Gatsby: Rumors, Characters, and Plot--A Midpoint Review
Lesson 8 of 16
Objective: SWBAT demonstrate how rumors about Jay Gatsby establish characterization, fuel suspense, and drive the plot by collaboratively creating a map of the plot.
To get students thinking critically today, we start with today's "Monday Mindbender" brain teaser with the class, projecting it on the front of the board. A verbal/vocabulary puzzle, today's Monday Mindbender is copyright Mensa, and as such is not reproduced here. However, free brainteasers can be found at "A Daily Brainteaser."
Daily Holidays and Monday Mindbenders encourage a sense of student ownership and community in the classroom, and the Mindbenders nurture a bit of healthy competition as well. Students do take pride in correct answers, and provide teachable moments when they have incorrect answers.
Chapter 4 of "The Great Gatsby" is a major turning point in the novel, as Nick shifts from introducing the characters to the reunion of and developing relationship between Gatsby and Daisy.
Students are directed to take note of the plot map and our conversation today on the back of the Style Activity sheet they have been using as a bookmark (see the lesson, "'Rich Girls Don't Marry Poor Boys': The Connection Between Author and Text").
In order to explore the development of the idea of Gatsby and Daisy's relationship, how it emerges and the history of it is revealed over the course of the story, how small details build to their larger interactions, (RL.9-10.2) and its impact on them and the characters surrounding them (RL.9-10.3), I map the plot of the novel from Chapter 1 to 4 on the front whiteboard. The advancing plot slowly reveals more and more about their relationship and ultimately comes to a head as we find the "truth" from Jordan and Daisy and Gatsby get their fulfillment in Chapter 5.
To review the "Town Tattle" assignment, investigating the rumors surrounding Gatsby and their impact on our understanding of him, we review the specific rumors told about Gatsby students found in their reading in order to support (RL.9-10.1) and explore how these rumors about Gatsby connect to and advance the plot (RL.9-10.3). These videos encompass an extended conversation about rumors and their impact on plot.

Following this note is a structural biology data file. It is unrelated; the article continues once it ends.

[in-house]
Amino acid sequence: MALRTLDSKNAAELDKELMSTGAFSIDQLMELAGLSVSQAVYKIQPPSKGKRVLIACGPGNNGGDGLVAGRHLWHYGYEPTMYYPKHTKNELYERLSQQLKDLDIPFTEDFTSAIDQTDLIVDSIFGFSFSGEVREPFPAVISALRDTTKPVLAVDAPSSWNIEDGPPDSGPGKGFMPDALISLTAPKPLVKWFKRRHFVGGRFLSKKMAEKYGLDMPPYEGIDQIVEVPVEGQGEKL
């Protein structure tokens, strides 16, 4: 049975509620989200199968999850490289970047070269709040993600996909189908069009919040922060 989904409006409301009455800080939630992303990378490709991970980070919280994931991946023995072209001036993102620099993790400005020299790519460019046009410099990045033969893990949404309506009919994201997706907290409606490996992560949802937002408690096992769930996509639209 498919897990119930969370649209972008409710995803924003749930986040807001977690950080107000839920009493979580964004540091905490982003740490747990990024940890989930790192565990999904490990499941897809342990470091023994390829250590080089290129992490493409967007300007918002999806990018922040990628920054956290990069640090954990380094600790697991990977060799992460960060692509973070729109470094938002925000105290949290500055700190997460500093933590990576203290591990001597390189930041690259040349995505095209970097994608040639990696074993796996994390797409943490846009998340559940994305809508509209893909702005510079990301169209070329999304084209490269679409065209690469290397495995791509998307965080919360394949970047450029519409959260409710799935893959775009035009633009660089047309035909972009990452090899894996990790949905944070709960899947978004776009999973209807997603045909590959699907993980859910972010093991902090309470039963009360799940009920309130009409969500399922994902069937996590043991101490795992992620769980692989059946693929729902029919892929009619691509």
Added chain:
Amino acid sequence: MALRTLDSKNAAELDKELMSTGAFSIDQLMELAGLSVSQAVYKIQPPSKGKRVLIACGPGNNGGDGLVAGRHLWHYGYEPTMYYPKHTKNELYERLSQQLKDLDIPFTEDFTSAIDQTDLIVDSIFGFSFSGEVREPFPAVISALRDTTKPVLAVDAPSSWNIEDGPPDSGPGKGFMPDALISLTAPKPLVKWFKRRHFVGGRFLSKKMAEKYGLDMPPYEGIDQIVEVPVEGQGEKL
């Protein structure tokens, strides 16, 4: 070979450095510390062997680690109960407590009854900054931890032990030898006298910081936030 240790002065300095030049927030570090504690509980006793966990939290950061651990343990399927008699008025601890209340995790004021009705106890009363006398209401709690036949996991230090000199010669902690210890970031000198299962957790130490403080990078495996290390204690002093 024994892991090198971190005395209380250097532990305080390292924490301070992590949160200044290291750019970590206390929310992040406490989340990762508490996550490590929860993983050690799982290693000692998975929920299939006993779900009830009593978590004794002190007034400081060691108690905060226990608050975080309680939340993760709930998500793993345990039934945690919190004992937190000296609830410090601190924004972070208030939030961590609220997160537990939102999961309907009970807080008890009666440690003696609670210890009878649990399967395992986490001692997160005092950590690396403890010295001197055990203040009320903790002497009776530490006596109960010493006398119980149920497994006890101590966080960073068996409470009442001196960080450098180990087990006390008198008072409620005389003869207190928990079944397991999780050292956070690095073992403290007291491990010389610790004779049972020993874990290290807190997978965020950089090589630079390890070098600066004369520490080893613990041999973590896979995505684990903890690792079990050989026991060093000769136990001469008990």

As we review, students draw upon their reading and the rumors they have identified in order to stimulate a thoughtful conversation about characters and the plot of the first four chapters (SL.9-10.1a).
By presenting this information in an interactive mini-lecture, I can help ensure students are all "on the same page" in regards to the major events in the first four chapters, and how the characters interact.
In order to ensure students are prepared for our next film comparison, and to provide them an opportunity to seek clarification if needed, they are given time in class today to independently read and tackle Chapter 5 of "The Great Gatsby."
As noted in the above video, time to read in class in order to exercise their independence and comprehension with minimal distractions. This time allows students, who often allow themselves to be distracted by their daily loves, to focus on the material at hand. This reading time also allows me to scaffold for individual students, as I can provide clarification and one-on-one conferencing as needed (RL.9-10.10).
As we move into reading the second half of the novel, students have been given the flexibility to work at their own pace; I have introduced each new chapter as they have been completing the previous one. As mentioned above, I have chosen to do this to demonstrate to the students that I trust their maturity and sense of responsibility, but also to call upon them to rise to the occasion and demonstrate that maturity and sense of responsibility.
Because the reunion between Gatsby and Daisy in Chapter 5 requires paying close attention to and making sense of the little details (such as Gatsby knocking into the clock, and when it is and is not raining), reading in class provides students with the chance to ask me for clarification if needed. As the students read, I circulate the room, offering clarification and focus if needed.
If students have completed Chapter 5, they are welcome to move on to Chapter 6.
With two minutes remaining, students are asked to return to their regular seats. The class is reminded to complete through Chapter 6 tomorrow, and Chapter 7 for two days from now. As we have been reading the second half of the novel, students have been given the flexibility to work at their own pace; I have introduced each new chapter as they have been completing the previous one. As mentioned above, I have chosen to do this to demonstrate to the students that I trust their maturity and sense of responsibility, but also to call upon them to rise to the occasion and demonstrate that maturity and sense of responsibility.